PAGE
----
Rickey Medlocke Sounds Off On The Top 5 Albums That Rock His World
photo credit: cmt.com
Before he was rocking stages across the world with Lynyrd Skynyrd, guitarist and rock legend Rickey Medlocke cut his teeth on some of the most iconic rock albums ever written, drawing inspiration from legends past and present in his own pursuit of rock and roll greatness. While we grew up idolizing Lynyrd Skynyrd for groundbreaking albums like Pronounced Leh-Nerd Skin-Nerd, Second Helping and Street Survivors for their innovation, creativity, and sheer genius Rickey, too, grew up learning from some of the best – but which albums rocked his world the way Lynyrd Skynyrd’s albums have rocked ours for over four decades?
Take a look back with Rickey as he reflects on the 5 albums that shaped him and who knows – you might find yourself having something awesome in common with your favorite guitar player!
If you’ve been to a Lynyrd Skynyrd concert recently, you might recognize their entrance music: Aerosmith’s “Back In The Saddle”. Featured on the band’s iconic 1976 album Rocks, “Back In The Saddle” is a favorite of Rickey Medlocke, who claims Rocks as one of his all time favorite albums. Praising Aerosmith’s innovation, passion and the out of this world talents of guitarist Joe Perry, Rickey looks back on Rocks fondly and says, “All of the early stuff from those guys I just love. They were really raw. Joe Perry at that time, to me, had this reckless abandon to his playing, it was so raw, so off the cuff. I love that kind of stuff.”
2. The Jimi Hendrix Experience
Are You Experienced (1967)
There’s not a guitar player alive who doesn’t cite late rock legend Jimi Hendrix as one of his biggest influences – and Rickey’s no different! Swept up in the magic and madness of Jimi’s no holds barred approach to guitar playing, Rickey grew up with The Jimi Hendrix Experience’s 1967 album Are You Experienced on constant repeat and if he’s ever feeling stuck when crafting new songs for Lynyrd Skynyrd, he’s not afraid to break out Are You Experienced and let it take him where he needs to go.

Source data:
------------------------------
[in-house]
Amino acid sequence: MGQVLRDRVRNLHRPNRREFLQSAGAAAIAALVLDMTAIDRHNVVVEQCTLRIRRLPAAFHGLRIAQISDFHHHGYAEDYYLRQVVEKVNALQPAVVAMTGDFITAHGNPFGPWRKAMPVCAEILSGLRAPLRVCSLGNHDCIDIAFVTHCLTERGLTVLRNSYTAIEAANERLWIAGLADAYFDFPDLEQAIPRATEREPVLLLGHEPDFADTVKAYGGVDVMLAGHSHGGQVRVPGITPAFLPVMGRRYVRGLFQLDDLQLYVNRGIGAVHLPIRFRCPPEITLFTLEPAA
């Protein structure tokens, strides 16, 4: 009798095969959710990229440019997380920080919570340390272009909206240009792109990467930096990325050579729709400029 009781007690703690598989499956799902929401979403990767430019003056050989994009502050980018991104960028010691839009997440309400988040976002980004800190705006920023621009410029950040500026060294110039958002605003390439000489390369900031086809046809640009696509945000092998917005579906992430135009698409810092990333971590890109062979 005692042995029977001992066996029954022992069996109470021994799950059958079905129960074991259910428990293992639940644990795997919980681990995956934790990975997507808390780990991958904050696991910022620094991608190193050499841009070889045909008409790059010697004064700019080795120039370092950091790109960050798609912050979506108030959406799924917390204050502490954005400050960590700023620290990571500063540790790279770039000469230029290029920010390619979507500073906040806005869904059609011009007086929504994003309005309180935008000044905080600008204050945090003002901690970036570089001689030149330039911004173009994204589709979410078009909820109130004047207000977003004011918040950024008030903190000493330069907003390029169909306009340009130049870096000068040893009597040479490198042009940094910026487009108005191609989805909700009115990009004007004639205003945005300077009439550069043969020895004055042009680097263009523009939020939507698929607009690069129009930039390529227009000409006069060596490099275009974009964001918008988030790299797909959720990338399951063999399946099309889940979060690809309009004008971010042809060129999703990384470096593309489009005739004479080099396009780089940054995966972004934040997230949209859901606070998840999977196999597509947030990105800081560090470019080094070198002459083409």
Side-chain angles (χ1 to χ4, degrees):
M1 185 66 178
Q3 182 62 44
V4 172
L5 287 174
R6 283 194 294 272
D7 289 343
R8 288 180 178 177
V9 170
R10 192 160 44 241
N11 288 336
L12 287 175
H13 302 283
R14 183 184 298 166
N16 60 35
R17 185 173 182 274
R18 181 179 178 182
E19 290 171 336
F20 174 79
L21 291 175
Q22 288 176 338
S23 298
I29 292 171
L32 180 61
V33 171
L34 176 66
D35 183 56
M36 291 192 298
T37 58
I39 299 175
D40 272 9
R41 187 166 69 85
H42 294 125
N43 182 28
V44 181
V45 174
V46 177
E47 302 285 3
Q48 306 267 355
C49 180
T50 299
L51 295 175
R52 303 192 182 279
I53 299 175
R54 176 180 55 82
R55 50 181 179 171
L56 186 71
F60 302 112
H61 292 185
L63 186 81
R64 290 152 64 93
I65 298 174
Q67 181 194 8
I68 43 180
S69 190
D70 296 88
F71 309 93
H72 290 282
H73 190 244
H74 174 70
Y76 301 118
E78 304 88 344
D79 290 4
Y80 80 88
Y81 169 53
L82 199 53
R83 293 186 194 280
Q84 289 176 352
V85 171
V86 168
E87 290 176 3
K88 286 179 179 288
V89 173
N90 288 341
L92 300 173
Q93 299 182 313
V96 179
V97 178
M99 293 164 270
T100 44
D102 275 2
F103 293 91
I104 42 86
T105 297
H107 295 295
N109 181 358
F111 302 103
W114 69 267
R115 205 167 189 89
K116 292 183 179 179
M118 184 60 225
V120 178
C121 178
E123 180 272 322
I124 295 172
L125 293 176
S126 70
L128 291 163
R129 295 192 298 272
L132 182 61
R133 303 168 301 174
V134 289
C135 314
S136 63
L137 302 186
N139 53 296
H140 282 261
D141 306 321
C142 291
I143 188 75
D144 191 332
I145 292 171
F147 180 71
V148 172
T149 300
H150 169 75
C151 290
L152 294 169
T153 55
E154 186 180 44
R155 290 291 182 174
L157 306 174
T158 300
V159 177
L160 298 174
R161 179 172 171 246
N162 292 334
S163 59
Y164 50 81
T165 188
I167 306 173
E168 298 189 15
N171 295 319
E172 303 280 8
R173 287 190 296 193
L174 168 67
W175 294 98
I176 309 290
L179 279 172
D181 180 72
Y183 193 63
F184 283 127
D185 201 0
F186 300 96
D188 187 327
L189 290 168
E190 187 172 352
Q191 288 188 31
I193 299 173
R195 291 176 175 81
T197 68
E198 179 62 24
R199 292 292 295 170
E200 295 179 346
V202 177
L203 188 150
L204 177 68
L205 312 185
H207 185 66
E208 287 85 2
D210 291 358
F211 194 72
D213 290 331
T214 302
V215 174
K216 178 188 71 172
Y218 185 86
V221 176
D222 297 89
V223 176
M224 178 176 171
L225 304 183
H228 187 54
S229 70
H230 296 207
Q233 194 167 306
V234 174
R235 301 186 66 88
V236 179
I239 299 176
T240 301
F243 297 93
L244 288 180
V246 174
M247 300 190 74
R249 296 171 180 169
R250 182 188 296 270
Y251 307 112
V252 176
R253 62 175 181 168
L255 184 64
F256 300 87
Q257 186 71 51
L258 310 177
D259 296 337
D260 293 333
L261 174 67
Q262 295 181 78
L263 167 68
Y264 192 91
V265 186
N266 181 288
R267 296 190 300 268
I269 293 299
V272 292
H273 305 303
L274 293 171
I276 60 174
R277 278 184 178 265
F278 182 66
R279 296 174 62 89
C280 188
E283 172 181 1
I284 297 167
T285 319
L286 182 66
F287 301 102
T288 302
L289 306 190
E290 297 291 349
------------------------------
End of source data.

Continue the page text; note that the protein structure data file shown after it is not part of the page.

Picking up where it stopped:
“I loved all of the Hendrix records. My top one was Are You Experienced,” says Rickey. “I had the radio on and all of a sudden I heard “Purple Haze” come on the radio. I was like, ‘What is this?’ It finished and the guy said it was the new song from the Jimi Hendrix Experience. I couldn’t believe it.”
Disraeli Gears (1967)
It’s no secret that for Rickey Medlocke, former Cream guitarist Eric Clapton is the end all be all of guitar players and for that, we have Cream’s 1967 album Disraeli Gears to thank. Growing up under the wing of his grandfather Shorty Medlocke as he showed Rickey the best that Delta blues and traditional country had to offer, there was a warm, comfortable and deeply familiar feel to Disraeli Gears that Rickey connected with immediately.
“I took to that album really heavy because I felt a kinship in what he was doing and what those blues guys were doing. That Clapton stuff struck me in a great way and has stuck with me all the way to today. I have such a respect for that guy.”
Back In Black (1980)
Rickey got an extra special glimpse into the magic of AC/DC’s 1980 album Back In Black; the band’s first without singer Bon Scott and the first to introduce Brian Johnson, Back In Black wasn’t due out for quite a while when Rickey, then a member of Blackfoot and on tour with AC/DC, was invited to a party at Brian’s home in England where the singer treated everyone to a special Back In Black listening party.
Says Rickey of the experience, “We ended up touring with AC/DC again later on, so that was cool to tour with them before with Bon, to be in Brian’s house listening to Back In Black and then tour with them again. That was great.”
5. ZZ Top
Tres Hombres (1973)
Whether it was “La Grange” or “Jesus Just Left Chicago” that sucked you in, one thing is clear: ZZ Top’s breakthrough 1973 album Tres Hombres is one of the greatest rock albums ever written, and Rickey’s list of essential albums wouldn’t be complete without it. Featuring some of the finest guitar playing ever executed by the legendary Billy Gibbons, to Rickey, Tres Hombres marks a crucial point in the band’s evolution – one that wasn’t lost on him.
“There was something about Tres Hombres. I think Billy’s guitar playing just came alive on that record. People really began to sit up and take notice to them at that time,” reveals Rickey in an interview with Team Rock. “To me, no one plays like Billy. He’s so soulful and earthy and he’s also very bluesy.”